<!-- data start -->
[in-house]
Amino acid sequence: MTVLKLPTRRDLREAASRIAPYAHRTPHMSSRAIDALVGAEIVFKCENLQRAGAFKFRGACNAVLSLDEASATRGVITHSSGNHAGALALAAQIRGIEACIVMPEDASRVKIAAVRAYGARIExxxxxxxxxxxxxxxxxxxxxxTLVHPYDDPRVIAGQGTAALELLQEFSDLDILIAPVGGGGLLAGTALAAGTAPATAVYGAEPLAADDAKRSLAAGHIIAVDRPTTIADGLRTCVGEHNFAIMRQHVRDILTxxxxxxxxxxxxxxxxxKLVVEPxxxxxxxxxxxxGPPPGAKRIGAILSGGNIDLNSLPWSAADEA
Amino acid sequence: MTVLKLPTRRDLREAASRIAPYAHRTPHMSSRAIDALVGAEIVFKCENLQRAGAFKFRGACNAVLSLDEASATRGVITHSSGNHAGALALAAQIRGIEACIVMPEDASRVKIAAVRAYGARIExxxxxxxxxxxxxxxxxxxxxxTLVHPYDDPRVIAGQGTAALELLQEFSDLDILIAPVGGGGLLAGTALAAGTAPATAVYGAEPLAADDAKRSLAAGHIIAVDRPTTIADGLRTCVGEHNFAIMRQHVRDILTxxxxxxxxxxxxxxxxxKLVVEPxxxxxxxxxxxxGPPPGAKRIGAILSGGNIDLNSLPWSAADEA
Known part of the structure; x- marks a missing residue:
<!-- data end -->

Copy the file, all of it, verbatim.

[in-house]
Amino acid sequence: MTVLKLPTRRDLREAASRIAPYAHRTPHMSSRAIDALVGAEIVFKCENLQRAGAFKFRGACNAVLSLDEASATRGVITHSSGNHAGALALAAQIRGIEACIVMPEDASRVKIAAVRAYGARIExxxxxxxxxxxxxxxxxxxxxxTLVHPYDDPRVIAGQGTAALELLQEFSDLDILIAPVGGGGLLAGTALAAGTAPATAVYGAEPLAADDAKRSLAAGHIIAVDRPTTIADGLRTCVGEHNFAIMRQHVRDILTxxxxxxxxxxxxxxxxxKLVVEPxxxxxxxxxxxxGPPPGAKRIGAILSGGNIDLNSLPWSAADEA
Amino acid sequence: MTVLKLPTRRDLREAASRIAPYAHRTPHMSSRAIDALVGAEIVFKCENLQRAGAFKFRGACNAVLSLDEASATRGVITHSSGNHAGALALAAQIRGIEACIVMPEDASRVKIAAVRAYGARIExxxxxxxxxxxxxxxxxxxxxxTLVHPYDDPRVIAGQGTAALELLQEFSDLDILIAPVGGGGLLAGTALAAGTAPATAVYGAEPLAADDAKRSLAAGHIIAVDRPTTIADGLRTCVGEHNFAIMRQHVRDILTxxxxxxxxxxxxxxxxxKLVVEPxxxxxxxxxxxxGPPPGAKRIGAILSGGNIDLNSLPWSAADEA
Known part of the structure; x- marks a missing residue: